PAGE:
Can Humans Find a Greater Purpose?

Jõhvnööbikud“Why am I here?”  “What is my purpose?”  “What is God’s will for my life?”  “Am I making a difference?”  “How will I be remembered?”

I have often asked myself these, and many similar questions.  We as humans seem to be programed with an insatiable interest in purpose.  We want to accomplish something, we want to be a part of something bigger than ourselves, and we want to know why.  We often imagine purpose as something that we must find, discover, or create.  Or something that must be bestowed, or given to us by some other entity.  But purpose is something that is always with us.  It is an integral part of who we are, and we cannot be separated from it.

Consider Water

Water does not strive, it does not desire, and it has no goals.  It does not search out its purpose.  Simply by behaving according to its own properties, it fulfills its purpose.  As a result clouds are formed, canyons are carved, and life is sustained (The water does not aim to accomplish these things, yet they are still accomplished).  The purpose of water is to be water.

Consider A Tree

What is the purpose of a tree?  Other than to grow and to become a perfect manifestation of itself?  There is none.  A tree does not desire to make a name for itself.  It does not try to make the world a better place.  A tree is a tree, and that is its purpose.

Can we live like the tree, or the snail, or the bird?  With no purpose other than to be ourselves?  Is it possible to stop striving, planning, searching and asking?  Or is longing for a greater purpose simply part of our nature?

“The Master gives himself up
to whatever the moment brings.
He knows that he is going to die,
and he has nothing left to hold on to:
no illusions in his mind,
no resistances in his body.
He doesn’t think about his actions;
they flow from the core of his being.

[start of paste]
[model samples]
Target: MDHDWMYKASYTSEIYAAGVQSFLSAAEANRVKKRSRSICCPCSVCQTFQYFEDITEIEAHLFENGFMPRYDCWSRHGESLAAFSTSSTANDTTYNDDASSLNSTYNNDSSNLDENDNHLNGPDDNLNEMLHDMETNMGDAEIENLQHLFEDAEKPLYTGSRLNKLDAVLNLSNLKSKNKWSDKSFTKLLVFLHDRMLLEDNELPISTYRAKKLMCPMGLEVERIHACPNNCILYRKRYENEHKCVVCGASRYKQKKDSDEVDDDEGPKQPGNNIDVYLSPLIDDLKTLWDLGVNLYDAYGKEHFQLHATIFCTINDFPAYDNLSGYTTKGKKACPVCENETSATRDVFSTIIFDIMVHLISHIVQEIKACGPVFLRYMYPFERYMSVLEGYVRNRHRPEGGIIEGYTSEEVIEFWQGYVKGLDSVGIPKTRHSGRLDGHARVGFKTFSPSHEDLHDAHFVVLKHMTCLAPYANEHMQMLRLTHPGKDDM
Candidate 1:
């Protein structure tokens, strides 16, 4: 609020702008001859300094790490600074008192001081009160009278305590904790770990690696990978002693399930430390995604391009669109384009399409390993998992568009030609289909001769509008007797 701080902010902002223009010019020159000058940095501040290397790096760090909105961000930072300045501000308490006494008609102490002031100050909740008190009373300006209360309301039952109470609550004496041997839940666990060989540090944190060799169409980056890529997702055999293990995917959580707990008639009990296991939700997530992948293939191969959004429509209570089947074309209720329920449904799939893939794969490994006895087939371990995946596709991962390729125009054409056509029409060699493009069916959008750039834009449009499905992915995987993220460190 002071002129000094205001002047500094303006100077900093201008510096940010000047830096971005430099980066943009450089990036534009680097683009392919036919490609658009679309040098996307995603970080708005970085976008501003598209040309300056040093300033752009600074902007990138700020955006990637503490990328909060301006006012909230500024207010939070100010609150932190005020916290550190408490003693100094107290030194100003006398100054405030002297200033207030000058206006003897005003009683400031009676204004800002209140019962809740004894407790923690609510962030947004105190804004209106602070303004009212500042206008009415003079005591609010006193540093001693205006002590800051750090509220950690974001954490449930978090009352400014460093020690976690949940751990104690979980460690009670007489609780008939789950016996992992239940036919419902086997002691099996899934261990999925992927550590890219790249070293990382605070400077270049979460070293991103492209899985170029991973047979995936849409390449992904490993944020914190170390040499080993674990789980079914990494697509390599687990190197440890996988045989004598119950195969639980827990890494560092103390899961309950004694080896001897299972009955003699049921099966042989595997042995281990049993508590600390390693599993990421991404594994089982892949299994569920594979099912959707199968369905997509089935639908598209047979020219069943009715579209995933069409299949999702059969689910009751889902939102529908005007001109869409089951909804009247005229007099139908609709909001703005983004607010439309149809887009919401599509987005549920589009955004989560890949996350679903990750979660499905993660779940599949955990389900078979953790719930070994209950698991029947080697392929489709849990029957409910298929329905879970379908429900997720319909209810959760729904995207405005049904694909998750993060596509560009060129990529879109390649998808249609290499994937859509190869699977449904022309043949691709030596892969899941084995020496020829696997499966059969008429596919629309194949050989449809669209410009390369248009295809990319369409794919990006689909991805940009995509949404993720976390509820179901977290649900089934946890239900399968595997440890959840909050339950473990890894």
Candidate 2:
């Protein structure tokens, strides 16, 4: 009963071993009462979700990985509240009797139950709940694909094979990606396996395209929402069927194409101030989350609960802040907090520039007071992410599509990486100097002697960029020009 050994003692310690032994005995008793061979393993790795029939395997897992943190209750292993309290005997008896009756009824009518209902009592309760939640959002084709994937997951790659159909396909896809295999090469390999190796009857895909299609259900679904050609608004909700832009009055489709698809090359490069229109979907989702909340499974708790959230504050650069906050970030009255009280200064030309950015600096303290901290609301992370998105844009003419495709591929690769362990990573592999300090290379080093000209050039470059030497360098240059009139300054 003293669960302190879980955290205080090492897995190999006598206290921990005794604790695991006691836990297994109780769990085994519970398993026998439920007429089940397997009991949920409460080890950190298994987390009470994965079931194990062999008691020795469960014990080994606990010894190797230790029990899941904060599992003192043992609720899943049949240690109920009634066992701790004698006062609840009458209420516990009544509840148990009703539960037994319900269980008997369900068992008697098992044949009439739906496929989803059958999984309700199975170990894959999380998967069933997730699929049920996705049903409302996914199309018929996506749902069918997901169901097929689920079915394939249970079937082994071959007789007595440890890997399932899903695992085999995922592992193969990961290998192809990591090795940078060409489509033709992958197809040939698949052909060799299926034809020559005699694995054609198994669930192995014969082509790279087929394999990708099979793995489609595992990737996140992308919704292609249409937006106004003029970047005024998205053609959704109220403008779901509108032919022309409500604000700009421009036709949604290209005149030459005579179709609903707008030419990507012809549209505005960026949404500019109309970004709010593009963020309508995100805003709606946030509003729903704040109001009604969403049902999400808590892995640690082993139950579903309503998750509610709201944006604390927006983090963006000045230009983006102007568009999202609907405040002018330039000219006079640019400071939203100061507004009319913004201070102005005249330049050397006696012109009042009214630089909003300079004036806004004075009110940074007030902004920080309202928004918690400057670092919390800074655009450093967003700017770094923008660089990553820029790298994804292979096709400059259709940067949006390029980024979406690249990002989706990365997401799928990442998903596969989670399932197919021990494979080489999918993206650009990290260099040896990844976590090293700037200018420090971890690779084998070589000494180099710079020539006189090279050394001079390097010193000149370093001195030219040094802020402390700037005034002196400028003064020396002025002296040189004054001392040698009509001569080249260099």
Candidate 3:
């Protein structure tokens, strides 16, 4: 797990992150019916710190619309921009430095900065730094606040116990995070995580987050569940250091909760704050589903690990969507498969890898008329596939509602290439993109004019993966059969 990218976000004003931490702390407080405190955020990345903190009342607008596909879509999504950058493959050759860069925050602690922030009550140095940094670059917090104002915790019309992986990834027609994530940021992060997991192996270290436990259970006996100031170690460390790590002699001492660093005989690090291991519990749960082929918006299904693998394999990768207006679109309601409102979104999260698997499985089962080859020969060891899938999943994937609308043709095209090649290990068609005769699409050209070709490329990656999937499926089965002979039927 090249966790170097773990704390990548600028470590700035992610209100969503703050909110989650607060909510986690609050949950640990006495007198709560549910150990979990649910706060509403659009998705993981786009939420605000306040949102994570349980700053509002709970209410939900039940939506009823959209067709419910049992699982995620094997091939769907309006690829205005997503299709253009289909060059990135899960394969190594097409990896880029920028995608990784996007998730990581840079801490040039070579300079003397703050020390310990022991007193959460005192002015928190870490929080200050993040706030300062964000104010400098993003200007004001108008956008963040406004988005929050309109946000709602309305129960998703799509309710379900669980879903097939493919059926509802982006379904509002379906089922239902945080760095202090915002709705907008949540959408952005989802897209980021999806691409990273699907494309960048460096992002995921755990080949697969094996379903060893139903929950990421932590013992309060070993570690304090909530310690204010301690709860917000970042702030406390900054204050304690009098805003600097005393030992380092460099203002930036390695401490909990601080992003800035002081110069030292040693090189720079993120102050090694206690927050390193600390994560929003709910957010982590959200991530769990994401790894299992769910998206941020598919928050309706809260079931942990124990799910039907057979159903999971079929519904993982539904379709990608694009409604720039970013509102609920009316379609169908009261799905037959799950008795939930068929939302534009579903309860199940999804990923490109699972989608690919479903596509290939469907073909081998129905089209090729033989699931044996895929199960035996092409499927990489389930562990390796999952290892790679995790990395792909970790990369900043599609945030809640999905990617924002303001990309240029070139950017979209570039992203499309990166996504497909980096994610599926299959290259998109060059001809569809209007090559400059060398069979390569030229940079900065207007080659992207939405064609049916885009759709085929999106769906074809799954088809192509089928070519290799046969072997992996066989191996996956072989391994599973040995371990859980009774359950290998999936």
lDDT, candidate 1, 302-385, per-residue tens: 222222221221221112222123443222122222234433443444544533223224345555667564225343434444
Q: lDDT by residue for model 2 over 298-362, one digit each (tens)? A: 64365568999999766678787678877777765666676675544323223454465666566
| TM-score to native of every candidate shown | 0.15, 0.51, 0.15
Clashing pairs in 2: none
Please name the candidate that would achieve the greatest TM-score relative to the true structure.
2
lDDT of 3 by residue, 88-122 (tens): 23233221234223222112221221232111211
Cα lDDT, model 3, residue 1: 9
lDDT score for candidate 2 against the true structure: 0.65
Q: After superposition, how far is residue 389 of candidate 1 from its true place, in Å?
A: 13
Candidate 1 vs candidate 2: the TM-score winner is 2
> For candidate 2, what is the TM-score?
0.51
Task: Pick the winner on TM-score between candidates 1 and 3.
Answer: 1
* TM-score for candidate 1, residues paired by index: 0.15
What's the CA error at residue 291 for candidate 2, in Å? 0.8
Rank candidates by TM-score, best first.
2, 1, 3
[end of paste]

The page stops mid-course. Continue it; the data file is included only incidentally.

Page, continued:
He holds nothing back from life;
therefore he is ready for death,
as a man is ready for sleep
after a good day’s work.”  ~Lao Tzu

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2 thoughts on “Can Humans Find a Greater Purpose?

  1. Thank you for the lovely statement about water just being water. Water doesn’t label its experience as it moves around and through what is around it; it just moves, patiently finding a way. Often we associate purpose with meaning, and meaning with words, yet words are not the experience or the meaning they attempt to describe; these two things (meaning and purpose) cannot be described fully by words because each has subjective, ineffable, and intangible aspects. Yet words are, at times, necessary although have their limits. Should we give up trying to describe meaning and purpose in words and just live them?

    Liked by 1 person

    • I think there may be a point that we can mature to where we no longer need to describe meaning and purpose with words. I am very far from the point, but maybe some are closer.

      ““The fish trap exists because of the fish. Once you’ve gotten the fish you can forget the trap. The rabbit snare exists because of the rabbit. Once you’ve gotten the rabbit, you can forget the snare. Words exist because of meaning. Once you’ve gotten the meaning, you can forget the words. Where can I find a man who has forgotten words so I can talk with him?” ~Chuang tzu

      Like

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